R. Coleman Lindsley, M.D., Ph.D.
2016 Grant Recipient
The context-dependent role of BCOR mutations in MDS pathogenesis
Discovery Research Grant 2016
MDS is a highly variable disease and patient outcomes are difficult to predict. In part, the differences between patients are caused by the particular combination of gene mutations the disease acquires during its course. Through DNA sequencing studies, dozens of different gene mutations affecting several key biological processes have been identified. Importantly, most cases of MDS have more than one mutation. Thus, a central question about MDS is: How do mutations cooperate to cause disease? We have generated a series of new laboratory tools that enable us to study the biology of mutations in diverse genetic contexts, and to make models of MDS that more accurately reflect the complexity of human disease.
In the current project, we are studying how a starting mutation in the TET2 gene combines with other gene mutations to cause MDS. We have focused on one combination in particular – TET2 and BCOR – because they are mutated together in human disease and we observed strong cooperation between these genes in causing MDS progression. In normal cells, BCOR is part of a group of proteins that helps control how genes are expressed. To complete these studies, we have developed several new laboratory model systems that enable us to ask basic questions about these gene mutations. First, we built a series of human cell lines with TET2 and BCOR mutations alone and in combination, as well as in other genes related to BCOR. Together, we have used these tools to measure the relative impact of TET2 and BCOR mutations on expression of genes and organization of the cell’s chromatin. By comparing which genes are influenced in each condition and comparing to cellular behaviors such as growth and proliferation, we have identified potential targets that mediate the biology of MDS disease progression. Second, we have developed a mouse model of MDS progression to leukemia by introducing sequential mutations in Tet2, Bcor, and Nras. Using this model, we have observed cooperation between Tet2 and Bcor in promoting MDS development, and identified a possible mechanism that underlies risk of leukemia progression.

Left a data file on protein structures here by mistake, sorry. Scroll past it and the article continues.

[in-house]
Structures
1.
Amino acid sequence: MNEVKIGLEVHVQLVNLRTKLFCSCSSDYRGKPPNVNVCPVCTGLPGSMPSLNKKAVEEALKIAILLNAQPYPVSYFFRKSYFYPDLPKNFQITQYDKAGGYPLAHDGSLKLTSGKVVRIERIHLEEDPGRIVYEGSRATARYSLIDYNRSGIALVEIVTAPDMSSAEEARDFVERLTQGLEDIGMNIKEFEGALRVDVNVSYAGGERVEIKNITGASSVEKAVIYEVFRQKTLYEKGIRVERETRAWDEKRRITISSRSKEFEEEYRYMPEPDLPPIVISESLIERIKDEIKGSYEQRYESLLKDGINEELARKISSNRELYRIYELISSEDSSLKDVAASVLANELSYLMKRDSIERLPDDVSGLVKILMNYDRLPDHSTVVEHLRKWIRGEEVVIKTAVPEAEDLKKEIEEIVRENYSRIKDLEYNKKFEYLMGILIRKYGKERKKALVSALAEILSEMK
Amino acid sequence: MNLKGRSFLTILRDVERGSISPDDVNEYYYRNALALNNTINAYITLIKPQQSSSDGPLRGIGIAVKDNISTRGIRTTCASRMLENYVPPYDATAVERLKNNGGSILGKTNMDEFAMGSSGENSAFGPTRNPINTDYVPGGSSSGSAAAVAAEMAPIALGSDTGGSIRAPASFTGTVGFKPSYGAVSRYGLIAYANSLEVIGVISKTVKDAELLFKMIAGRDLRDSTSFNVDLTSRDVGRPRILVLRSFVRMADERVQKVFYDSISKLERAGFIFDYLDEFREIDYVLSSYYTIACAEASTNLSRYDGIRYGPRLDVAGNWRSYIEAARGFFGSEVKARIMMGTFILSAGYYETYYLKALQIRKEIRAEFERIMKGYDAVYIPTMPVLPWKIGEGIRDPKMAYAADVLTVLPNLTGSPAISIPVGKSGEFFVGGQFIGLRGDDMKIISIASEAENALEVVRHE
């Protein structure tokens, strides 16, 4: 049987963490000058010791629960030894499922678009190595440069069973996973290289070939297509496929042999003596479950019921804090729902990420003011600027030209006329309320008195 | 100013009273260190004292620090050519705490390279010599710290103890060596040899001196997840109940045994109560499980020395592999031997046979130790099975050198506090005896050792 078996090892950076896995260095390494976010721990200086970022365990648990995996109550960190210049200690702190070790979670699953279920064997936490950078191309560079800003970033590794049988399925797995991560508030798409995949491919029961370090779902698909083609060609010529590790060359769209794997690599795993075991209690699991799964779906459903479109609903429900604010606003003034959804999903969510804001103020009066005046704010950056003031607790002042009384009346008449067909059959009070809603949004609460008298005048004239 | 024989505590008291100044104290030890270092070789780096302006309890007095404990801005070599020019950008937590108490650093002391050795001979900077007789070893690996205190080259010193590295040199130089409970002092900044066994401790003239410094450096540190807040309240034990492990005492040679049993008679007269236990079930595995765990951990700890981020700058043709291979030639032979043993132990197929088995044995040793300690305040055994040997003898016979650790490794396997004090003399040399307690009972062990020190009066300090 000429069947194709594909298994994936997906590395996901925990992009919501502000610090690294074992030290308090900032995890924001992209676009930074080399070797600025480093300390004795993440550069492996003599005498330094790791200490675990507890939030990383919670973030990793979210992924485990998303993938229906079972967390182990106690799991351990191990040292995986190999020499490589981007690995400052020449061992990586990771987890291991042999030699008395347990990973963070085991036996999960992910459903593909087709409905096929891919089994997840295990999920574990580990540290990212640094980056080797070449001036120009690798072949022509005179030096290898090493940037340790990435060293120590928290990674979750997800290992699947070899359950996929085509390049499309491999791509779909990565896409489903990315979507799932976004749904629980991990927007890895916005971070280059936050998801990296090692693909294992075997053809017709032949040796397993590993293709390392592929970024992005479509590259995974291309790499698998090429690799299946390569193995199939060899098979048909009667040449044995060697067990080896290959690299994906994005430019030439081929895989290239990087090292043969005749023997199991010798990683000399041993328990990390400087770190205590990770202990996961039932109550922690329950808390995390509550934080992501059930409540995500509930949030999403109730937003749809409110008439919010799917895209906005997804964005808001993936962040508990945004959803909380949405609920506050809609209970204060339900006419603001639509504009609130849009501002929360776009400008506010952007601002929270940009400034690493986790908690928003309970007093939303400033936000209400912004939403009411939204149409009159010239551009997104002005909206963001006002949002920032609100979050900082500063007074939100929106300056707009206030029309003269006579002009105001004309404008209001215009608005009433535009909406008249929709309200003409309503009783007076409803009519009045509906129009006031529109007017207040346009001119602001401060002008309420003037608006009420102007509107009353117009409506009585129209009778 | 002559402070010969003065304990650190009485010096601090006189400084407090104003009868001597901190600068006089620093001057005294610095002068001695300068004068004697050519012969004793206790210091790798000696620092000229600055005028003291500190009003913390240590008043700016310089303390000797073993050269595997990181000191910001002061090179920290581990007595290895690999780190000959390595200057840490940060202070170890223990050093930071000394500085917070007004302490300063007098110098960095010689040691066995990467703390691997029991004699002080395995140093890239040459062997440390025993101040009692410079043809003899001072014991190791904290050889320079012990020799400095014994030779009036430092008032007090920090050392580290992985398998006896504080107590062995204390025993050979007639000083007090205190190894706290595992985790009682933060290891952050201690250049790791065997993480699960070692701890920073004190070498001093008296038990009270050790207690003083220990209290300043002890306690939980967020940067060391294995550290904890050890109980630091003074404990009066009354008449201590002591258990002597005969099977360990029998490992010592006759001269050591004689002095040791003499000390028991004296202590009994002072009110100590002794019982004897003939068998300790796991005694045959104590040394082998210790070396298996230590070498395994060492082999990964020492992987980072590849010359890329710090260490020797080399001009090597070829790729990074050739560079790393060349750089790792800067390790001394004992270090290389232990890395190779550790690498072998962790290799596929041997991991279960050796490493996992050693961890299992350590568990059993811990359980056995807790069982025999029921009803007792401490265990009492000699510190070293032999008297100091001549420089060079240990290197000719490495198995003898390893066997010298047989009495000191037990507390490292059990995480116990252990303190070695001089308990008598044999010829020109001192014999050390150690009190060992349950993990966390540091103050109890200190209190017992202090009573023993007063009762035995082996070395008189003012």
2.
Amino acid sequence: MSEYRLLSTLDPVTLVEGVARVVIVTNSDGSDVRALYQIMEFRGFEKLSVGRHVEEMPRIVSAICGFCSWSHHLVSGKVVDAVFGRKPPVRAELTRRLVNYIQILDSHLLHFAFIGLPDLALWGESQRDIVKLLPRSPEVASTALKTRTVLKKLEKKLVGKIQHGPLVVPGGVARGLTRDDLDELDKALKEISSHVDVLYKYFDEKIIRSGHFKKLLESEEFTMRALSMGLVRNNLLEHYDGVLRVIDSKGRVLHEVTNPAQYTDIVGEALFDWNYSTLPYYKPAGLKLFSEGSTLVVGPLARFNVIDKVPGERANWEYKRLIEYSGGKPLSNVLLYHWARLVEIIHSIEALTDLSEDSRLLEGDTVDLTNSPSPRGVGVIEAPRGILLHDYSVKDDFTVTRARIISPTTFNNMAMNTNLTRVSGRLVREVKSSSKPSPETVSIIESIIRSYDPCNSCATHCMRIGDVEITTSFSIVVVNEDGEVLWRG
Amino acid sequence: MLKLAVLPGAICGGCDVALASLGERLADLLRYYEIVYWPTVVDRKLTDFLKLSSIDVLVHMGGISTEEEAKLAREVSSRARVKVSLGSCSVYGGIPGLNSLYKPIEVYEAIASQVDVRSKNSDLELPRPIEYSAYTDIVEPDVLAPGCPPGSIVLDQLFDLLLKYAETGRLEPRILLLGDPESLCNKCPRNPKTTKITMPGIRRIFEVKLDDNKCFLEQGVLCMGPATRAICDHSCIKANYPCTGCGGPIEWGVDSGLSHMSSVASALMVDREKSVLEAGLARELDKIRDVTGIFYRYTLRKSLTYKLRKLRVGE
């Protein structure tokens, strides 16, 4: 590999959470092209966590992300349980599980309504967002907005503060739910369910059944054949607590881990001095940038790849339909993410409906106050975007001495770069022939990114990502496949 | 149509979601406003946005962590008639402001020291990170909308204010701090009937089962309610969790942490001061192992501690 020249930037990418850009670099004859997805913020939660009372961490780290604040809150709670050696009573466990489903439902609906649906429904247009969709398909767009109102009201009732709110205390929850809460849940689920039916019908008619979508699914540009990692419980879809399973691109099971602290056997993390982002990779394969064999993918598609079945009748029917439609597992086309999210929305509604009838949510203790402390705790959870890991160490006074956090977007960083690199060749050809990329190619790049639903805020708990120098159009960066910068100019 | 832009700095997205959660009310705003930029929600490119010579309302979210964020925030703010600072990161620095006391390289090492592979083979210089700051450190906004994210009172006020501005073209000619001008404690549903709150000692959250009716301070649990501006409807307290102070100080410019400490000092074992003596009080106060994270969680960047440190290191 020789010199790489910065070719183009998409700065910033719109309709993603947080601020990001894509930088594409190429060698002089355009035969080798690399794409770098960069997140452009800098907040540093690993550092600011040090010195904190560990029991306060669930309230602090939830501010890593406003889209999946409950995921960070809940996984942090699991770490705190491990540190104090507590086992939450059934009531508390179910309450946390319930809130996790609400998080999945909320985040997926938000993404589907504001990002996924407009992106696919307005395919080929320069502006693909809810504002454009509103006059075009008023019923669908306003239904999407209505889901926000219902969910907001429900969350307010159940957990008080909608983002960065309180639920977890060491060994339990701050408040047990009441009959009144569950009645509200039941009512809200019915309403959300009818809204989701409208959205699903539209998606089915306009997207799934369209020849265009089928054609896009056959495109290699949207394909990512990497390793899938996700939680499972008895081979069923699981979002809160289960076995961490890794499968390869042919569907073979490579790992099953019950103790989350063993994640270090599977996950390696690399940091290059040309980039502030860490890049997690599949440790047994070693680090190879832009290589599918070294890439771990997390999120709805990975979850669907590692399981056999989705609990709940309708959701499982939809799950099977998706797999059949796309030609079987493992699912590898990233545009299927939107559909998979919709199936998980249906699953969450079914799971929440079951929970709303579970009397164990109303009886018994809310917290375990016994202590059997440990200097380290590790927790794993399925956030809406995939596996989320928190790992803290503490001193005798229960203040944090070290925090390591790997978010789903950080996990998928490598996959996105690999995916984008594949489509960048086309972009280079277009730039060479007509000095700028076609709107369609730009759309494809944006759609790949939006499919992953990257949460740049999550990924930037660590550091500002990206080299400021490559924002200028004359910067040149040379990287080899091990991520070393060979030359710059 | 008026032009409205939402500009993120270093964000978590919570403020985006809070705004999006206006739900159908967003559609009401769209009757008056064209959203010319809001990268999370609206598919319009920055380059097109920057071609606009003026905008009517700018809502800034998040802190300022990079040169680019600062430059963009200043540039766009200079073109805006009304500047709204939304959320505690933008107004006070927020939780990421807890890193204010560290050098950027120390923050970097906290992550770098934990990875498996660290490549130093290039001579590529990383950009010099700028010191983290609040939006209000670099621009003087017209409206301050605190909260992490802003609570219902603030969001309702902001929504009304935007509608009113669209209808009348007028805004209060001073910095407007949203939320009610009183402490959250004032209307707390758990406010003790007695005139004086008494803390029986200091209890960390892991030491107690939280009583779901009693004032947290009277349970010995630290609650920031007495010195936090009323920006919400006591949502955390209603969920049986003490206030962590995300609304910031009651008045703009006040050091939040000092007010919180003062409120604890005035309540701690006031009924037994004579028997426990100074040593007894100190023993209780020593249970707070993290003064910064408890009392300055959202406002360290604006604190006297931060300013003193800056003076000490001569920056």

R.C. Lindsley, W. Saber, B.G. Mar, R. Redd, T. Wang, M.D. Haagenson, P.V. Grauman, Z.-H. Hu, S.R. Spellman, S.J. Lee, M.R. Verneris, K. Hsu, K. Fleischhauer, C. Cutler, J.H. Antin, D. Neuberg, and B.L. Ebert, Prognostic Mutations in Myelodysplastic Syndrome after Stem-Cell Transplantation, New England Journal of Medicine, 2017, 376, 536. DOI: 10.1056/NEJMoa1611604